The presidential election is just around the corner. With the COVID-19 pandemic, many Americans may opt to vote by mail. In a move to undercut our democracy, President Trump and his administration is deliberately withholding funding from the US Postal Service and removing mailboxes and vital mail processing equipment to make it harder to vote by mail.
At the same time, voter suppression tactics, which impact Black, brown, and young voters the most, are surging across the country.
We all have an enormous stake in a full and fair vote in November.
Here are 4 actions you can take to do your part:
1. Vote early
Make sure you are registered to vote and your registration information is up to date.
If you want to vote by mail, Vote.org will help you determine the rules in your state. If you are voting by mail, make sure to carefully follow the rules on the ballot and envelope; otherwise your vote may not be counted. Some envelopes may say extra postage is necessary. In that case, add your own stamps.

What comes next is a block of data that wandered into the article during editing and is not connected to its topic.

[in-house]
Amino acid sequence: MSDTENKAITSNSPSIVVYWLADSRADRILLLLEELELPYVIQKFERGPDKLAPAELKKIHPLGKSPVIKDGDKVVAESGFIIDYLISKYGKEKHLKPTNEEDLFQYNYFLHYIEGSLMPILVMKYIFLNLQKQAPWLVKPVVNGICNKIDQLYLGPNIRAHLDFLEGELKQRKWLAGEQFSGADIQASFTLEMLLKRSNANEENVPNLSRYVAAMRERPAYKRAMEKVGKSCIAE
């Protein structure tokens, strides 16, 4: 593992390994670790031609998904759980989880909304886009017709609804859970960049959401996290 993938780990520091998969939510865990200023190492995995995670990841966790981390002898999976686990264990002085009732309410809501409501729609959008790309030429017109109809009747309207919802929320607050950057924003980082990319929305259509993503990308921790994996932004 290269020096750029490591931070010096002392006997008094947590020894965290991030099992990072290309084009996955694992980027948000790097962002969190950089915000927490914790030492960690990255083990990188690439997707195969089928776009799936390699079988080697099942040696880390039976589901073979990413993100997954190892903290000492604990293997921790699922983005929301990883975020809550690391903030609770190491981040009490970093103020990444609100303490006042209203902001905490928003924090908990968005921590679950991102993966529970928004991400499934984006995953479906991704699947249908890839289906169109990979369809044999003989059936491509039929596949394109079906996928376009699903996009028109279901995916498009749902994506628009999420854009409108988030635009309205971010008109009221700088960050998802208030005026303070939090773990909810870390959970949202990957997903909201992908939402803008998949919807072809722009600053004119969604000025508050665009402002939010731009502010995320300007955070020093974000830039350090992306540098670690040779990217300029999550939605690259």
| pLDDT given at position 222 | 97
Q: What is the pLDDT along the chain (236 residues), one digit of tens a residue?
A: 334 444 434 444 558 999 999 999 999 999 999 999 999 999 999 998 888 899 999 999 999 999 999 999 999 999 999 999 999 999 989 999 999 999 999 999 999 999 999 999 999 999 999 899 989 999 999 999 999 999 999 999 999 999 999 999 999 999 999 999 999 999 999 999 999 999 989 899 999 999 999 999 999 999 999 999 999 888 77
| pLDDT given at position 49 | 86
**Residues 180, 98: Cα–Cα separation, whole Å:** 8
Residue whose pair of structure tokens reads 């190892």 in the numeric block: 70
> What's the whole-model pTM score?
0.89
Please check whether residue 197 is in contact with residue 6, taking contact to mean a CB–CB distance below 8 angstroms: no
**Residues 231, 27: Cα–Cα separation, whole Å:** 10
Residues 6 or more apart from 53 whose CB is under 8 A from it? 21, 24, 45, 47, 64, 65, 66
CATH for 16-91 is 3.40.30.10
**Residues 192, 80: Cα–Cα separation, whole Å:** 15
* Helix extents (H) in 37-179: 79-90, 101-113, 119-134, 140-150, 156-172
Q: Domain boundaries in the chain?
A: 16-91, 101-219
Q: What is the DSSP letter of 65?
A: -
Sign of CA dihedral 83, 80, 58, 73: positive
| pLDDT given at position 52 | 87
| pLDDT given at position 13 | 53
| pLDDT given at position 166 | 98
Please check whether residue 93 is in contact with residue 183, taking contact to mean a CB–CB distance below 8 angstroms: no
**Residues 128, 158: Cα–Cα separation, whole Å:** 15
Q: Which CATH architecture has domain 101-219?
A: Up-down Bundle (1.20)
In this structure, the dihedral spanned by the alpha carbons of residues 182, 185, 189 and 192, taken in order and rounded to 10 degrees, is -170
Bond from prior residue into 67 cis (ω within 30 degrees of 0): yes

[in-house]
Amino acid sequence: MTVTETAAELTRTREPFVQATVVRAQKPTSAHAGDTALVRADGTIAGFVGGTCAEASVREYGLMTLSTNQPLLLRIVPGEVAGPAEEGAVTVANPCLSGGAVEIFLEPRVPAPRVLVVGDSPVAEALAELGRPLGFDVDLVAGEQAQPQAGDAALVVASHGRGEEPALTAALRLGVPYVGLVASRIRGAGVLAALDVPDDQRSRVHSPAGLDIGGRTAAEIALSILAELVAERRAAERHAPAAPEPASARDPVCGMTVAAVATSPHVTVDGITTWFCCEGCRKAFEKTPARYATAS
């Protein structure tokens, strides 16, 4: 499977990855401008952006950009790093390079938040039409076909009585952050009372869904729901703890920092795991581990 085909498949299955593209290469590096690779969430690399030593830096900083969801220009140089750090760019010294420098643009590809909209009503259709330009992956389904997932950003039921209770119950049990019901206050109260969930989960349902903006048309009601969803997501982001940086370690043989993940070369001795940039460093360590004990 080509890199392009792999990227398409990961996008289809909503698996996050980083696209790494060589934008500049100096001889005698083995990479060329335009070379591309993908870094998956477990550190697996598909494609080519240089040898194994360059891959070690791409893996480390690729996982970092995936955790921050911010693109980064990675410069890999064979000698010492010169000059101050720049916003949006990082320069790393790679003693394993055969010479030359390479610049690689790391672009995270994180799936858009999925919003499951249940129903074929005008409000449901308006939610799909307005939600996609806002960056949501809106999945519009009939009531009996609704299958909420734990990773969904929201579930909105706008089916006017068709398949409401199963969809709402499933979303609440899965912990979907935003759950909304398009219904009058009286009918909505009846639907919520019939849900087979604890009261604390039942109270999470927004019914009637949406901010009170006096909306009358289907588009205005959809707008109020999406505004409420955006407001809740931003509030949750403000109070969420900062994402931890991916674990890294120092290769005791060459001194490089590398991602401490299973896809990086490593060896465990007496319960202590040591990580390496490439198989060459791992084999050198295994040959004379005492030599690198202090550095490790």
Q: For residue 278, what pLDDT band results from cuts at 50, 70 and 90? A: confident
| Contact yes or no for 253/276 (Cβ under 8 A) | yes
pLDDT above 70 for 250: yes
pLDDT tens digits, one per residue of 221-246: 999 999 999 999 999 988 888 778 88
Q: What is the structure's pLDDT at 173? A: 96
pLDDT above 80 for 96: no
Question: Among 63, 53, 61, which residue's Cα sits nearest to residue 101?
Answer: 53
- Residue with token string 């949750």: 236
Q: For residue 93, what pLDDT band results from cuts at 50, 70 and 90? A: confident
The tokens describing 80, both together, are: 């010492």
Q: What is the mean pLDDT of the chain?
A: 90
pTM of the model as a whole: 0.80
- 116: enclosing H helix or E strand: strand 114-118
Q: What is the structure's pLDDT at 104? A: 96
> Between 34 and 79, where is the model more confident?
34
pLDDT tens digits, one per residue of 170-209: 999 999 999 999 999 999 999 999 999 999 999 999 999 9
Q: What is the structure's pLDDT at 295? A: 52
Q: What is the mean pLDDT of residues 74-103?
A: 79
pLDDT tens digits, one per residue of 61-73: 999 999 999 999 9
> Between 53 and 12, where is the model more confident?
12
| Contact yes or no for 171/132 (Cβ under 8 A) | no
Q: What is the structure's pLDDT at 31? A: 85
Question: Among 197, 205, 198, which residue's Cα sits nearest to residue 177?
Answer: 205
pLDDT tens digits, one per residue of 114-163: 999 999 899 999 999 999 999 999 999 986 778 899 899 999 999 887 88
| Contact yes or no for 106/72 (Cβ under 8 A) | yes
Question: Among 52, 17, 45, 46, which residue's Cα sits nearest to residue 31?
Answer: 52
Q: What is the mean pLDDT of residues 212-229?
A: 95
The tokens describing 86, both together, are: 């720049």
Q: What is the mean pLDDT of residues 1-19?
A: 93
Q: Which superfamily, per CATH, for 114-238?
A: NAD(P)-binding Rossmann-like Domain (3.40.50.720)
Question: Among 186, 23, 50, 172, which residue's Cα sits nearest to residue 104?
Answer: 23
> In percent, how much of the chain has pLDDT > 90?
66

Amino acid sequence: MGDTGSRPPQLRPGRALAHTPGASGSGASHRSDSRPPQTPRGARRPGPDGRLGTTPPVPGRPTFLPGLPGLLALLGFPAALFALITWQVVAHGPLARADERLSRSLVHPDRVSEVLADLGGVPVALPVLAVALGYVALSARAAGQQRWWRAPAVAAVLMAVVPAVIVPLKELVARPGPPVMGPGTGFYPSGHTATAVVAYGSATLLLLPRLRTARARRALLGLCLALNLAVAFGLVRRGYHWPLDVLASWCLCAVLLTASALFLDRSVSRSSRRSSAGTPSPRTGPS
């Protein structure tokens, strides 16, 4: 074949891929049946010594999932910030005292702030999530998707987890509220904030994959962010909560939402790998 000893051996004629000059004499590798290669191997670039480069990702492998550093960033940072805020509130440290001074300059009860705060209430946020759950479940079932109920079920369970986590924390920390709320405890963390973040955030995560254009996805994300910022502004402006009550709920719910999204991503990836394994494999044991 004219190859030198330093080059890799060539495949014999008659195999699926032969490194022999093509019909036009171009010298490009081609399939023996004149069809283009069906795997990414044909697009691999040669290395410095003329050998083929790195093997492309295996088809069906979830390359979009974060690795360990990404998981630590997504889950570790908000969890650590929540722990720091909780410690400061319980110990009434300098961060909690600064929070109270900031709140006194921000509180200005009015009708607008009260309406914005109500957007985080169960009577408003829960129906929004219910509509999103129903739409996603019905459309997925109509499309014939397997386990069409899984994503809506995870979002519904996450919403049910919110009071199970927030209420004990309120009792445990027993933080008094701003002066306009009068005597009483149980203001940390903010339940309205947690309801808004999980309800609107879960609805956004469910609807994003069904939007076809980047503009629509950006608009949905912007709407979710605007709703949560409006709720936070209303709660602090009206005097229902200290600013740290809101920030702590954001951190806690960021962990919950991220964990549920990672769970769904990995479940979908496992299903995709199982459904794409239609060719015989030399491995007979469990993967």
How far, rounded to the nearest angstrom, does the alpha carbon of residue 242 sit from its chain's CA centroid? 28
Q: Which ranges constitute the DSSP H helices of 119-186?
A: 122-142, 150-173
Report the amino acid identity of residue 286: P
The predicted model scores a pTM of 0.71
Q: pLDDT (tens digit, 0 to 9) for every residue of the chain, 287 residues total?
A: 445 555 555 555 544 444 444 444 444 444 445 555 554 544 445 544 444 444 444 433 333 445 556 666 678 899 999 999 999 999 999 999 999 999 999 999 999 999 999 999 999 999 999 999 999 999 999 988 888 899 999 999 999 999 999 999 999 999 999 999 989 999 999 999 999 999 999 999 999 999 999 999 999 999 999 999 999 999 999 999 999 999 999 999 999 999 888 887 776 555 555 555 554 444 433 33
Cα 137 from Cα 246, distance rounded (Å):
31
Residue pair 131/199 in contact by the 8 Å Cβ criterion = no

With slowdowns at the post office, and depending on your state, it might be best to drop off your ballot at a ballot drop box in advance of election day.
Many states will have extended early in-person voting as well, where you vote while avoiding crowds.
Check your state’s voting rules now. They may have changed since the primary, and make sure to follow them. Voting early can ensure that your vote is counted!
2. Encourage everyone you know to vote early
Let your friends and family know you voted early and pass on the links above so they do too!
3. Fight voter suppression.
The US cannot call itself a democracy when there are widespread practices designed to stop people of color from voting across the US. That’s why it is so important to take action with and financially support the work of The Leadership Conference on Civil Rights, Fair Fight, Respect My Vote, Black Voters Matter, Common Cause, and the ACLU – all organizations at the forefront of securing voting rights for all.
4. Volunteer -- Younger election volunteers are needed.
In most elections, poll workers are often older persons, who may be retired. Since the elderly are particularly susceptible to COVID-19, and many volunteers may choose not to work the polls this year, younger poll workers are needed. If you or someone you know would like to volunteer, go to Power the Polls to sign up. If you need some convincing, the Daily Show’s Trevor Noah makes a powerful case for young people volunteering.